The Risks Involved with Self-Supplementation

by Justin Gallant, ND
  1. Self-supplementing can be just as dangerous as self-prescribing or self-diagnosing.
  2. See an expert who has education and experience in clinical nutrition.
  3. Labels can be deceiving and confusing.
  4. There are more products out there that have negligible doses than those with appropriate doses, don’t be fooled.
  5. Not all supplements and vitamins are safe, some are absolutely contraindicated for certain people.
  6. The media (news, TV shows, etc…) are more interested in thrilling an audience rather than doing legitimate research.
  7. Don’t believe everything you hear, when in doubt ask your local ND.
  8. Some supplements are targeted towards specific populations or conditions but when you look at the ingredients they’re just repackaging a multi-vitamin or a single nutrient, calling it something else and charging way more.
  9. I would prefer all of my patients get their nutrients through whole foods but those who are deficient or can’t get them from whole foods should be taking appropriate supplements.
  10. If you’re going to be spending $100-$1000’s on supplements each year, it would be wise to know which ones are appropriate or not.

Lack of proper knowledge

  • Just because someone works out and looks healthy doesn’t necessarily mean they know what they’re talking about. Bodybuilding forums have increased the demand for nutraceutical companies but getting advice from friends or online forums is dangerous. The paradox of the internet is that those who are qualified know they shouldn’t give individuals medical advice over the internet and those are unqualified are the ones who give medical advice over the internet. 
  • As part of my health intake I ask patients to bring in all of their medications and supplements so I can see what they are taking. This allows me to make sure there aren’t any potential interactions and gives me a chance to teach them what to look for in proper supplements so they aren’t wasting their money or putting their health at risk.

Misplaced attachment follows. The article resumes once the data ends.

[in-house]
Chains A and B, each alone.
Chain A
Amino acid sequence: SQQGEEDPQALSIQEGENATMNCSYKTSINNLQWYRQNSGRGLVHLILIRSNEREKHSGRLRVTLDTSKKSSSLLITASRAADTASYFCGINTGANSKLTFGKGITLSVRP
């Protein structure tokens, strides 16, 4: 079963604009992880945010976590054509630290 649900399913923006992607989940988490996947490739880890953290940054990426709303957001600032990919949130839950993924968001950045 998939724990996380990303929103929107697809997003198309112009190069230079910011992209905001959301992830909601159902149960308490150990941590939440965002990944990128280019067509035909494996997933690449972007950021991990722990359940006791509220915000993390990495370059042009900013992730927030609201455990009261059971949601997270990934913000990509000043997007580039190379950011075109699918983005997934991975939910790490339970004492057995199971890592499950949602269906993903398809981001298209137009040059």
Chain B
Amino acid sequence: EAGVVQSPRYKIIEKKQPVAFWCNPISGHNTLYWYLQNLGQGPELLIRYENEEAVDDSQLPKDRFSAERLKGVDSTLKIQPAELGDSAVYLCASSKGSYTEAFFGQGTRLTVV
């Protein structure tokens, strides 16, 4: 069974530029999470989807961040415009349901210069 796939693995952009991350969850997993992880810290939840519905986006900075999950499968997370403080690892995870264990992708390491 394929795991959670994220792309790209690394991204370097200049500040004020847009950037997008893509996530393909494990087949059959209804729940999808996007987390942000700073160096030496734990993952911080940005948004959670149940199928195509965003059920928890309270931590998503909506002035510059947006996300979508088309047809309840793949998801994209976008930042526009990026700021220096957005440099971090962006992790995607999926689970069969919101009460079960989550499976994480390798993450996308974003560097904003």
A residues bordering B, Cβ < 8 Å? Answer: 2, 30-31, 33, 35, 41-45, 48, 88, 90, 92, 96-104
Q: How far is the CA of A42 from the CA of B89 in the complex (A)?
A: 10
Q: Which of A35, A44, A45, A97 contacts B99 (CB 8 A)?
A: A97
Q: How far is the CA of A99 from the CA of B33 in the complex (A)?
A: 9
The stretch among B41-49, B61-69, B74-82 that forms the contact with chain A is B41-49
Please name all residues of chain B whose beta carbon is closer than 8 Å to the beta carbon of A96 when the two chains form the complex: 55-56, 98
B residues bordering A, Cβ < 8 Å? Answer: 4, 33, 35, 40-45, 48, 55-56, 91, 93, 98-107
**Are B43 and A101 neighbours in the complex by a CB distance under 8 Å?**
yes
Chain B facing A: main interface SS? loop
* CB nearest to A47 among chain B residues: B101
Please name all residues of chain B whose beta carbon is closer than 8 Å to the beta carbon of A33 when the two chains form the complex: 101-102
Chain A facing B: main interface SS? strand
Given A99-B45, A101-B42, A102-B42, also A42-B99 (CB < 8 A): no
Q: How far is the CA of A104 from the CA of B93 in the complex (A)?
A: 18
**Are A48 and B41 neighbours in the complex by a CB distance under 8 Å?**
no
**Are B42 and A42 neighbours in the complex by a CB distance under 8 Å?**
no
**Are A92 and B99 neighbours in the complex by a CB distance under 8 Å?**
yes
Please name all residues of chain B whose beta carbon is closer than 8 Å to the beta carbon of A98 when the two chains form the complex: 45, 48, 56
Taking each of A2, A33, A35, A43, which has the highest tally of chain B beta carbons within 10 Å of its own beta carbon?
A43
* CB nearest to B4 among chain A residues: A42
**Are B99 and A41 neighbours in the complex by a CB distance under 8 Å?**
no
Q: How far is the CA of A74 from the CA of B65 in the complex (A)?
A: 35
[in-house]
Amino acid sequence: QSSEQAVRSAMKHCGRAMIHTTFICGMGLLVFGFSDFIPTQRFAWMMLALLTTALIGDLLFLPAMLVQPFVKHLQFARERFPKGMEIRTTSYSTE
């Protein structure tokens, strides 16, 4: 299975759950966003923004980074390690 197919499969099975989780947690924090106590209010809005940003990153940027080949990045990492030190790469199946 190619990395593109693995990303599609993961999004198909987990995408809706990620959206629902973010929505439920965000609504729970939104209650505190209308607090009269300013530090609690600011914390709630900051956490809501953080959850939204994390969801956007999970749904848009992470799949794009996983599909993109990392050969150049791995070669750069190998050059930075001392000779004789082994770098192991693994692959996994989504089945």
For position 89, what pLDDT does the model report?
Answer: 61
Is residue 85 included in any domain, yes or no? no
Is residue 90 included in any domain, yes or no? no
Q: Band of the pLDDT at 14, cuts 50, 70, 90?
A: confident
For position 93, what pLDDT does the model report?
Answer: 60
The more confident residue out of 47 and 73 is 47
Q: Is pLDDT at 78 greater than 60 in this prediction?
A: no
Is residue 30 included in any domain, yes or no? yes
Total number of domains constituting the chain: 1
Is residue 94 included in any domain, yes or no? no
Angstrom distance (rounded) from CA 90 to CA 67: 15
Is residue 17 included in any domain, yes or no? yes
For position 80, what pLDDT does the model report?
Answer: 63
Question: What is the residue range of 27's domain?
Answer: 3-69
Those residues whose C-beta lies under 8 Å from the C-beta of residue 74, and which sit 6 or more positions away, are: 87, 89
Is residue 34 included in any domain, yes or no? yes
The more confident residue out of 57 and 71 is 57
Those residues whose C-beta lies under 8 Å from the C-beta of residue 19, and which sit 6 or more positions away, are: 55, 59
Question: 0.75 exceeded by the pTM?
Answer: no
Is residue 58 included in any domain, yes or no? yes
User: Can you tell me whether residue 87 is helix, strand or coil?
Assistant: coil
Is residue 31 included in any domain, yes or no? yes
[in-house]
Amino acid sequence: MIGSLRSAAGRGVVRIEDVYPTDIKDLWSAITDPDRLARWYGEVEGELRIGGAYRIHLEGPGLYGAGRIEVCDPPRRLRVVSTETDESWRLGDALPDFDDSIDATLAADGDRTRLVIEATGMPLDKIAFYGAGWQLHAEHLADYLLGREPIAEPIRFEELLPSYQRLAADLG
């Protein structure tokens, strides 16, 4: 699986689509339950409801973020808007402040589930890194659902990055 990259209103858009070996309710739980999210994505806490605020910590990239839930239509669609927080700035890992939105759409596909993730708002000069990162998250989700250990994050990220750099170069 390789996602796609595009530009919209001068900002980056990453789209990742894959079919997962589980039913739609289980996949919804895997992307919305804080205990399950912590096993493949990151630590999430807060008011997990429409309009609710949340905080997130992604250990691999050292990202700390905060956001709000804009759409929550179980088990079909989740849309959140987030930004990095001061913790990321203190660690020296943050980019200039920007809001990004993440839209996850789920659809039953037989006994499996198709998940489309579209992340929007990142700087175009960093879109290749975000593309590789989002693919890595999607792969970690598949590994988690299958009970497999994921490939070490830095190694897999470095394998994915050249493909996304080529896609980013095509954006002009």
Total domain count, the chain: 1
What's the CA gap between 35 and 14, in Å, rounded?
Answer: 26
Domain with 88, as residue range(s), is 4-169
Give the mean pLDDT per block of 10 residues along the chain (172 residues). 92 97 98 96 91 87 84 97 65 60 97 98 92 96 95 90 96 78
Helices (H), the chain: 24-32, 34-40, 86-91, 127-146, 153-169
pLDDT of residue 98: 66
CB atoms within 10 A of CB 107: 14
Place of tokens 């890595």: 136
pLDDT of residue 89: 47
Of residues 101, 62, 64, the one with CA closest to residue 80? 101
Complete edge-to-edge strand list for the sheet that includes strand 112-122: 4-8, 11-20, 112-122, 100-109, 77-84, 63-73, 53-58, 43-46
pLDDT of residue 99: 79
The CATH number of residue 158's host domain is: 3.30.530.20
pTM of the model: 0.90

• Myth: All vitamins are safe; you’ll just pee out what you don’t need.
  • Fact: There are several interactions natural health products can have with specific medications or conditions.
  • Fact: Certain minerals and nutrients counterbalance other ones (i.e. Zinc and Copper, Calcium and Magnesium). Thanks to nature, most of these balances are accommodated for in whole foods. Some supplements however, don’t take these balances into consideration.

Deceptive marketing

  • Labels can be very deceiving and confusing
  • A couple things to be aware of are dosages, nutrient form (i.e. magnesium citrate vs magnesium oxide), source of the nutrient and serving size.
  • Serving size is very important because you could be comparing 2 labels but one might be for 4 capsules so it might look like they have the same amount but in reality it could have a fourth of the dose of the other.


  • There are numerous conditions which are contraindicated with certain supplements. Some contraindications are relative and some are strict. This is the main reason why giving medical advice to someone when you don’t know their health history is dangerous.
  • A few examples are psoriasis and vitamin C, Licorice and high blood pressure or fiber and any medications.

Improper research extrapolation

You don’t necessarily get what you pay for

  • There are a lot of deceptive supplements out there. Some who target vulnerable populations will charge through the roof but when you look at the ingredients they are just a typical multivitamin with negligible doses. An example of this are some supplements targeted for those who are infertile, bipolar, or have kids with autism or ADHD, etc…There are also simple supplements out there for conditions like restless leg syndrome that just contain an single ingredient like magnesium citrate which you can buy for a fifth of the price.
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